Commissioned by the “Fachagentur Nachwachsende Rohstoffe”, the nova institute (Hürth, Germany) has completed a “Study on Market and Price Situation for Natural Fibres”, which is now publicly accessible.
The motivation for the study was the proposal of the EU commission for reform of the flax and hemp subsidies.
Subsequent to this announcement you will find a summary of the study. The entire study will be available mid May 2000 (in German) and can be obtained free of charge from Fachagentur Nachwachsende Rohstoffe. The English version of the entire study is only available as PDF and can be downloaded here.
Study on Markets and Prices for Natural Fibres
(Germany and EU)
Dipl.-Phys. Michael Karus
Dipl.-Hdl. Markus Kaup
Dipl.-Ing. agr. Daike Lohmeyer
Fachagentur Nachwachsende Rohstoffe e.V.
Sponsor ID : 99NR163
The objectives of this study on “Markets and Prices for Natural Fibres” were to analyse the current and future markets for flax and hemp fibres produced in the EU, to characterise the economic situation of producers and to develop a suitable framework that will guarantee an adequate development of the natural fibres markets. The latter is mostly dependent on the EU subsidy policies, which are proposed to be fundamentally reformed for the economic year 2000/2001.
The study focuses on technical markets for short fibres, which particularly in the new flax and hemp countries – especially in Germany, the U.K. and Scandinavian countries – are of central importance and are to date not well known. The main focus of the research thus was a comprehensive data survey of all relevant manufacturers and associations in the EU by means of questionnaires and expert interviews.
Short fibre production
In the economic year 1999/2000, about 60,000-70,000 tonnes of flax and 25,000-30,000 tonnes of hemp short fibres were produced in the EU. In the traditional flax countries France, Belgium and The Netherlands, flax short fibre production (“tow”) is a by-product of flax long fibre processing, which is entirely directed towards the apparel and home textile market. In contrast, in the new flax and hemp countries, processing of the short fibres is almost entirely done by so-called “total fibre” lines, which do not separate long and short fibres.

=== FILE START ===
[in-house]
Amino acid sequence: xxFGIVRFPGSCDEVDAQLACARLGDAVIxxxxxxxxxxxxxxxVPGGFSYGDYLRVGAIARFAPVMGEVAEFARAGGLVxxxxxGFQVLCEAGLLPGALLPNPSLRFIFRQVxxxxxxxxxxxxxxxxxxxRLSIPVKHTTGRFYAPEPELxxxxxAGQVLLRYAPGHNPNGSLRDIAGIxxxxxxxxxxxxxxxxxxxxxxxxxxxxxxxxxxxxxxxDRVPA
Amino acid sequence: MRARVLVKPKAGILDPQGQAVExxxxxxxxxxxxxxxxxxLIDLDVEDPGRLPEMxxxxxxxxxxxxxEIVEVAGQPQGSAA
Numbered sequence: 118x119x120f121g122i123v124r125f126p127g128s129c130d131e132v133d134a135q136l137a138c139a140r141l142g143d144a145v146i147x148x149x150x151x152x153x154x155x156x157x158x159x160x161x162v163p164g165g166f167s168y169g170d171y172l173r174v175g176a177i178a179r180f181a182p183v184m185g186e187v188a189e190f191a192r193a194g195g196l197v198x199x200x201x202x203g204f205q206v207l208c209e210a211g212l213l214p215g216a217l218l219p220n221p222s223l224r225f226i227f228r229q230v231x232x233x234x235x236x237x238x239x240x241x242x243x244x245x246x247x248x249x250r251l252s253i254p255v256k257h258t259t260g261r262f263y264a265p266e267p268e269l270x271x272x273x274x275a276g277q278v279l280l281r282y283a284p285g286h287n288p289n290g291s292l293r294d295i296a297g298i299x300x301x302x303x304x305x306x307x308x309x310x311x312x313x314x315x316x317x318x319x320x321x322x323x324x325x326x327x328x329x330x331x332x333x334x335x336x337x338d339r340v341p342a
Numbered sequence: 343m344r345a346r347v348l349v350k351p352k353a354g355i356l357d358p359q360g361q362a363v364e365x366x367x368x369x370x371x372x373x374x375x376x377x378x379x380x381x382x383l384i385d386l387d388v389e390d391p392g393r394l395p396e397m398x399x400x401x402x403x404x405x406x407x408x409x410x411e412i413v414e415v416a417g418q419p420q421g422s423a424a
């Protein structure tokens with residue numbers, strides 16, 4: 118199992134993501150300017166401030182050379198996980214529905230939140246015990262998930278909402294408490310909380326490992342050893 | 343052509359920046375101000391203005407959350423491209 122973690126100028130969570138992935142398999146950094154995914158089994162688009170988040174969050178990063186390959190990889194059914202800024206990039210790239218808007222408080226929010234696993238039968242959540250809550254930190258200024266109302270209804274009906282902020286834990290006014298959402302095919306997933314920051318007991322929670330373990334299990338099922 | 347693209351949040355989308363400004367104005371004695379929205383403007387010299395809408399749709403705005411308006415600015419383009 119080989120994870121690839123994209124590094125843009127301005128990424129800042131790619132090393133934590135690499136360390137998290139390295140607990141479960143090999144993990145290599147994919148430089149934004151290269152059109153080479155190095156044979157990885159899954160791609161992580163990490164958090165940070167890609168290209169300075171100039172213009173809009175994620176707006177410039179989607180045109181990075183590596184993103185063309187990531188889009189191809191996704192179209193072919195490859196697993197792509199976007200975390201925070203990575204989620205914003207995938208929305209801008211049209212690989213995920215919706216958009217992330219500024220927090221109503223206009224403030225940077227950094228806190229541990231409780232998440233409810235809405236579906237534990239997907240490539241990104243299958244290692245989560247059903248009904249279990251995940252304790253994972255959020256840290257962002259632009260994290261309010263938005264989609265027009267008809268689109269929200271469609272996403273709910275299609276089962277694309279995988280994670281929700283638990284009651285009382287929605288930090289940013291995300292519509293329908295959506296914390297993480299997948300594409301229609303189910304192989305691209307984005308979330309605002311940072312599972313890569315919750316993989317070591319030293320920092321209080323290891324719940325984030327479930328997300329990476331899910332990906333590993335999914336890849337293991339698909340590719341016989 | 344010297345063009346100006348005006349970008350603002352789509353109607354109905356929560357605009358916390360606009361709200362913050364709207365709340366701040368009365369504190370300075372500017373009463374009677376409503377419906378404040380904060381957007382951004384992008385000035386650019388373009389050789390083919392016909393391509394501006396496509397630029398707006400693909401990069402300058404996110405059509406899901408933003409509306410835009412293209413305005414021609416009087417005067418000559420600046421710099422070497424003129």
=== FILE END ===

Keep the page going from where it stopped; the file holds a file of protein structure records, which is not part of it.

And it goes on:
The most important markets for flax short fibres are pulp (commodity and specialty pulps) with a 45% share and the apparel and home textile sector with a 20% share. Another 25% are exported by the EU. For hemp, the specialty pulp sector is even more prominent with a market share of 87%. The specialty pulp sector is a stable, high-priced niche market. The most important product lines are cigarette paper, bank notes, technical filters and hygiene products.
Market developments through 2005
Upon closer examination of the short fibre markets, however, several interesting developments became noticeable over the past few years. Motivated by comprehensively sponsored research and development (R&D) projects and innovative entrepreneurs, novel technical product lines have been developed. The two most important product lines are composites in the automotive industry and thermal insulation materials in the building sector. Thus far, market shares for all new technical product lines are somewhat below 10% for flax and slightly above 10% for hemp. European fibre processors forecast a market share for these product lines of about 30-40% of the still growing market as soon as 2005.
Subsidies and investments
From 1982-2002 in the EU (DG VI, DG XII, DG XIV), more than DM 100 million in subsidies were directed towards the development of new flax and hemp applications and towards harvesting and fibre processing technologies. In addition, national projects contributed funding. In Germany alone, more than DM 175 million were invested in R&D of new harvesting, fibre processing and refining technologies (thereof more than DM 88 million from federal and state public funds, the remainder from private sources). For the next years, Germany’s primary processors plan further investments of about DM 150 million.
The use of natural fibres in the automotive industry is particularly interesting. While in 1996, the European automotive industry used only 4,000-5,000 tonnes, in 1999 this had already increased to more than 21,000 tonnes. About 30% of these fibres were produced in the EU and about 70% were imported from Eastern Europe and Asia. In this context, it became evident that the currently used quantity of hemp fibres in the European automotive industry is entirely produced in the EU.
Use of natural fibres in the European automotive industry (in tons)
Survey of suppliers of automotive industry and fibre producers
| Germany 1996|
| EU without|
| EU without|
| EU total 2000|
| EU total 1999|
|4.900||+2 to +10%||2.118|
|600||+3 to + 20%||1.770|
|1.400||+2 to +5%||–|
|0 to +3%||–|